Sandy Felsenthal/Corbis
Amy Tara Koch
August 12, 2014

After the Great Fire of 1871 ravaged most of Chicago’s antiquity, the Windy City’s raw skyline became an open invitiation to the country’s most progressive architects. Everyone from Daniel Burnham, Louis Sullivan, John Root, and Dankmar Adler came to reimagine this major metropolis. The “Chicago School” began to regenerate the city from its ashes, first with ornate, neoclassical buildings that echoed Euroepan Beaux Arts structures. As the design boom continued, Chicago started looking up. Literally. The Home Insurance Building, the world’s first skyscraper, was built in Chicago, and its arrival initiated an entirely new urban vernacular that emphasized industrial materials and minimalism. Visionaries like Mies Van Der Rohe flocked to the City of Broad Shoulders to partake in what was seen as the birth of modern architecture. Today, contemporary architects continue to embelish Chicago’s bold façade: instead of compulsively utilizing brick and stone to build a fire-resistant city, they have turned to the lakefront and now iconic horizon for inspiration. Whether you’re touring the city by foot or by bike, be sure to stop at a base of these prominent Chicago properties—and look up.

Sullivan Center

Louis Sullivan is often deemed the most important pioneer in American commercial architecture, and this historic city center is one of his capstones. Formerly the Carson Pirie Scott building, it’s iron and steel framework and mixed-use interior, makes this building (erected in 1899) a near-perfect example of the architect’s “form follows function” concept. The intricate lace-like ironwork exterior is a hallmark of Sullivan’s decorative style.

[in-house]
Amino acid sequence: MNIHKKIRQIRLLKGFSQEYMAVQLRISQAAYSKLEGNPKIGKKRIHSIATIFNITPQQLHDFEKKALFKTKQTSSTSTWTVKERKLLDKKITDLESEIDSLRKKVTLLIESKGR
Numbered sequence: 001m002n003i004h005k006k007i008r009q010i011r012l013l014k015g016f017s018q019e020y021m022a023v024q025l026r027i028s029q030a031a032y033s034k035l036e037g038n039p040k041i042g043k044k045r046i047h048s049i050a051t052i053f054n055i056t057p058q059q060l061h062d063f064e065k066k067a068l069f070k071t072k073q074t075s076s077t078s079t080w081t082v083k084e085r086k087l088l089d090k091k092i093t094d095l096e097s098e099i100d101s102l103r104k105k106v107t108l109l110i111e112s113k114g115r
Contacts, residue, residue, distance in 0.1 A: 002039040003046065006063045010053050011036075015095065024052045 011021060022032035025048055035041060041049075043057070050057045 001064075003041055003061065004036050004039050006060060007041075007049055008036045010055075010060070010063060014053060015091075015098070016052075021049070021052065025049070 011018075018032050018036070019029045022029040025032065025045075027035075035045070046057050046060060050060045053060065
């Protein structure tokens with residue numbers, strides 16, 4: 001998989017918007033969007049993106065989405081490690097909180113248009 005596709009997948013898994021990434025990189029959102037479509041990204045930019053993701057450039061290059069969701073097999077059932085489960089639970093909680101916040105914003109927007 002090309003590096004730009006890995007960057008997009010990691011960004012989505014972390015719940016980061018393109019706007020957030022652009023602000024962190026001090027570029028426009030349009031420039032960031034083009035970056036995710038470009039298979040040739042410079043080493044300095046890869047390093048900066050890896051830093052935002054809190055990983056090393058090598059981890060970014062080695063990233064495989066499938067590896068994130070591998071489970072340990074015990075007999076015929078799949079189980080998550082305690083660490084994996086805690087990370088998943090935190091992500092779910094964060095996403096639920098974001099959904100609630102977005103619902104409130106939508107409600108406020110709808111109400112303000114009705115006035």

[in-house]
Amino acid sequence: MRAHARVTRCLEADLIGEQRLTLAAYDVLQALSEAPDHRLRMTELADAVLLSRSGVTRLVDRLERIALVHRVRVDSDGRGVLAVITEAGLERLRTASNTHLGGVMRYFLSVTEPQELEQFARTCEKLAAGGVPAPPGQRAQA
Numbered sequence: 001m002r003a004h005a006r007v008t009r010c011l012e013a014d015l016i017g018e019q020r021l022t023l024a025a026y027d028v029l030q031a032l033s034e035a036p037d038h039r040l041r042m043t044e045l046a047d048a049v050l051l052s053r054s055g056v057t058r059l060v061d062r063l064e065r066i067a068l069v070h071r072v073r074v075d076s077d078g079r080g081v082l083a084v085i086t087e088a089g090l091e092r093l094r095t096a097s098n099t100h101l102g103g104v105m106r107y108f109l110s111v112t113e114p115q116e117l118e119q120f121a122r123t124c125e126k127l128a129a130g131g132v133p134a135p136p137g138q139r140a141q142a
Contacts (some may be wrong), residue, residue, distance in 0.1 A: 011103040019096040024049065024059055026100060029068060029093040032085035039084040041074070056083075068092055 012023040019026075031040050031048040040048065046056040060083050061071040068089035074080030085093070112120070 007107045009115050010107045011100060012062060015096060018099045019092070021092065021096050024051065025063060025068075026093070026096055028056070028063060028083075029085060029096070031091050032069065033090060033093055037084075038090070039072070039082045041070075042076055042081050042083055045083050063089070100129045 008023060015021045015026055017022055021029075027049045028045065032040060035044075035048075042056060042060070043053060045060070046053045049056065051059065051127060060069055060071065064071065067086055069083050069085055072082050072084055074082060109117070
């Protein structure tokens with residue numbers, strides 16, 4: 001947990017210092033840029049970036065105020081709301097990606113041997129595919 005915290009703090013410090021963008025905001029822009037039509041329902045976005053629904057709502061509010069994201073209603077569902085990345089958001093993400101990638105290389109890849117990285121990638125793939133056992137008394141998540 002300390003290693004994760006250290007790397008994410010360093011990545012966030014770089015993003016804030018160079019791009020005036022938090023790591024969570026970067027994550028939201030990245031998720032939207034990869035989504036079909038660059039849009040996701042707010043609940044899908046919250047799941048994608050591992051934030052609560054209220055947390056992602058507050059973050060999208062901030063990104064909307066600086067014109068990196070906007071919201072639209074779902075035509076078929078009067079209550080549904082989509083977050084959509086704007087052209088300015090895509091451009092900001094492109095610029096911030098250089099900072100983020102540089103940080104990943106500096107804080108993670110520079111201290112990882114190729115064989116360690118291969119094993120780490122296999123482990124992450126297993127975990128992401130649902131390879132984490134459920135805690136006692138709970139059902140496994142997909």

860 and 880 LSD

Known for statements like “less is more” and “God is in the details,” the minimalist residential buildings at 860 and 880 LSD are exemplary industrial steel and plate-glass structures that define the architect Ludwig Mies Van Der Rohe’s commitment to expressing the spirit of  the modern era. These adjacent towers influenced archietects around to produce more stripped-down, streamlined structures. 

The Rookery Building Daniel Burnham + John Root

Tucked deep in the financial district is a stunning example of one of America’s first commercial skyscrapers. Here, architects Daniel Burnham and John Root introduced innovations like elevators, metal framing, and the spiraling Oriel Staircase that opens dramatically into the light court. Erected in 1886, this eleven story structure is Chicago’s oldest-standing highrise.

Frederick C Robie House

This Hyde Park home ushered in the Prairie School and changed the face of modern architecture. Uniquely American, the design by Frank Lloyd Wright features sleek horizontal lines, a low-pitched roof, and wide open living areas to express freedom and the expansive plains of the Midwest. Art glass windows within the house became the architect’s signature.

Wrigley Building

Often referred to as “Chicago’s Big Ben,” this gleaming white terra cotta “wedding cake” became the city’s first landmark skyscraper north of the Chicago River. Since 1921, the building—designed by Charles Beersman—has been floodlighted at night to emphasize its architectural role as a beacon to Chicago. The clock tower is inspired by Giralda Tower in Sevilla, Spain.

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